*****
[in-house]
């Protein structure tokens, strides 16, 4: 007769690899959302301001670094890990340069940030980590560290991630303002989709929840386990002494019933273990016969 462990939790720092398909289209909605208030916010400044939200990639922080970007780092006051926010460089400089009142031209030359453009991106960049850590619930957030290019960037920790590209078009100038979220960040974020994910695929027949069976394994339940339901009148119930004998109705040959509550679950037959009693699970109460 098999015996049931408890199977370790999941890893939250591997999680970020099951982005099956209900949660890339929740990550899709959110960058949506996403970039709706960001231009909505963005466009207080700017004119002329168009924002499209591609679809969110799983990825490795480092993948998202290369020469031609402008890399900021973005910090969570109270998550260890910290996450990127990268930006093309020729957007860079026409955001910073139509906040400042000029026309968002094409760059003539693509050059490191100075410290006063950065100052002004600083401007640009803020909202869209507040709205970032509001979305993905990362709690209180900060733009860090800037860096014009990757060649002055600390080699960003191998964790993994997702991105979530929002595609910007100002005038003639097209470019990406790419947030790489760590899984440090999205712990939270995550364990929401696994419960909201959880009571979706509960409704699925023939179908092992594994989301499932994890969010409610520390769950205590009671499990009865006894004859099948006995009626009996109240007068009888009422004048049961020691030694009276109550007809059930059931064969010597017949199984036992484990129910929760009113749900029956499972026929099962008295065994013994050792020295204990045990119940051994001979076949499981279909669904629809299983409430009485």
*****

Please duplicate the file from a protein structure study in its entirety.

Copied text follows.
[in-house]
């Protein structure tokens, strides 16, 4: 007769690899959302301001670094890990340069940030980590560290991630303002989709929840386990002494019933273990016969 462990939790720092398909289209909605208030916010400044939200990639922080970007780092006051926010460089400089009142031209030359453009991106960049850590619930957030290019960037920790590209078009100038979220960040974020994910695929027949069976394994339940339901009148119930004998109705040959509550679950037959009693699970109460 098999015996049931408890199977370790999941890893939250591997999680970020099951982005099956209900949660890339929740990550899709959110960058949506996403970039709706960001231009909505963005466009207080700017004119002329168009924002499209591609679809969110799983990825490795480092993948998202290369020469031609402008890399900021973005910090969570109270998550260890910290996450990127990268930006093309020729957007860079026409955001910073139509906040400042000029026309968002094409760059003539693509050059490191100075410290006063950065100052002004600083401007640009803020909202869209507040709205970032509001979305993905990362709690209180900060733009860090800037860096014009990757060649002055600390080699960003191998964790993994997702991105979530929002595609910007100002005038003639097209470019990406790419947030790489760590899984440090999205712990939270995550364990929401696994419960909201959880009571979706509960409704699925023939179908092992594994989301499932994890969010409610520390769950205590009671499990009865006894004859099948006995009626009996109240007068009888009422004048049961020691030694009276109550007809059930059931064969010597017949199984036992484990129910929760009113749900029956499972026929099962008295065994013994050792020295204990045990119940051994001979076949499981279909669904629809299983409430009485």